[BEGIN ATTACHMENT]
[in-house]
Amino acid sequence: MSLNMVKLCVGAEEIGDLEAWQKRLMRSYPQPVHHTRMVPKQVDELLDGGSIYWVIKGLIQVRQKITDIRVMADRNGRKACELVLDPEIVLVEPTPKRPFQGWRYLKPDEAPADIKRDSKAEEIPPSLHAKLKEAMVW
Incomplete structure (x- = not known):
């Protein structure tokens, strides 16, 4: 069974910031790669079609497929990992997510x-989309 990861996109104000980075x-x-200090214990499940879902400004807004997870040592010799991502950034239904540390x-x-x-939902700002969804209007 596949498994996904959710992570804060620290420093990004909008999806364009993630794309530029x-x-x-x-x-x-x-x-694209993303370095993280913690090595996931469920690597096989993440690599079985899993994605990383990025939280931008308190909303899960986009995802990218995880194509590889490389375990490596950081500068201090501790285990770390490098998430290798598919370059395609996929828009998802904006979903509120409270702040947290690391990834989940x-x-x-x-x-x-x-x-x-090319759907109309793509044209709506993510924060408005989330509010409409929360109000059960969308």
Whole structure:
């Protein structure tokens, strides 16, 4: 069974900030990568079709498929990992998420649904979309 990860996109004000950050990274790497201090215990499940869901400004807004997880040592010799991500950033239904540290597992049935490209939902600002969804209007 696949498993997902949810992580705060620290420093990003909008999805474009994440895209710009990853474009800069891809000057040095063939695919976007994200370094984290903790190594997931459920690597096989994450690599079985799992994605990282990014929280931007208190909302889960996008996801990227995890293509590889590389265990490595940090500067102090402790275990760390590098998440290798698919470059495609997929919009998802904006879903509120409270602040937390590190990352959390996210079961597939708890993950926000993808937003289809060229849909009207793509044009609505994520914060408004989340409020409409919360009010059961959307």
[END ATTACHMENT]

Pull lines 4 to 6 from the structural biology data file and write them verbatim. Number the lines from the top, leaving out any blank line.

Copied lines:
């Protein structure tokens, strides 16, 4: 069974910031790669079609497929990992997510x-989309 990861996109104000980075x-x-200090214990499940879902400004807004997870040592010799991502950034239904540390x-x-x-939902700002969804209007 596949498994996904959710992570804060620290420093990004909008999806364009993630794309530029x-x-x-x-x-x-x-x-694209993303370095993280913690090595996931469920690597096989993440690599079985899993994605990383990025939280931008308190909303899960986009995802990218995880194509590889490389375990490596950081500068201090501790285990770390490098998430290798598919370059395609996929828009998802904006979903509120409270702040947290690391990834989940x-x-x-x-x-x-x-x-x-090319759907109309793509044209709506993510924060408005989330509010409409929360109000059960969308």
Whole structure:
């Protein structure tokens, strides 16, 4: 069974900030990568079709498929990992998420649904979309 990860996109004000950050990274790497201090215990499940869901400004807004997880040592010799991500950033239904540290597992049935490209939902600002969804209007 696949498993997902949810992580705060620290420093990003909008999805474009994440895209710009990853474009800069891809000057040095063939695919976007994200370094984290903790190594997931459920690597096989994450690599079985799992994605990282990014929280931007208190909302889960996008996801990227995890293509590889590389265990490595940090500067102090402790275990760390590098998440290798698919470059495609997929919009998802904006879903509120409270602040937390590190990352959390996210079961597939708890993950926000993808937003289809060229849909009207793509044009609505994520914060408004989340409020409409919360009010059961959307």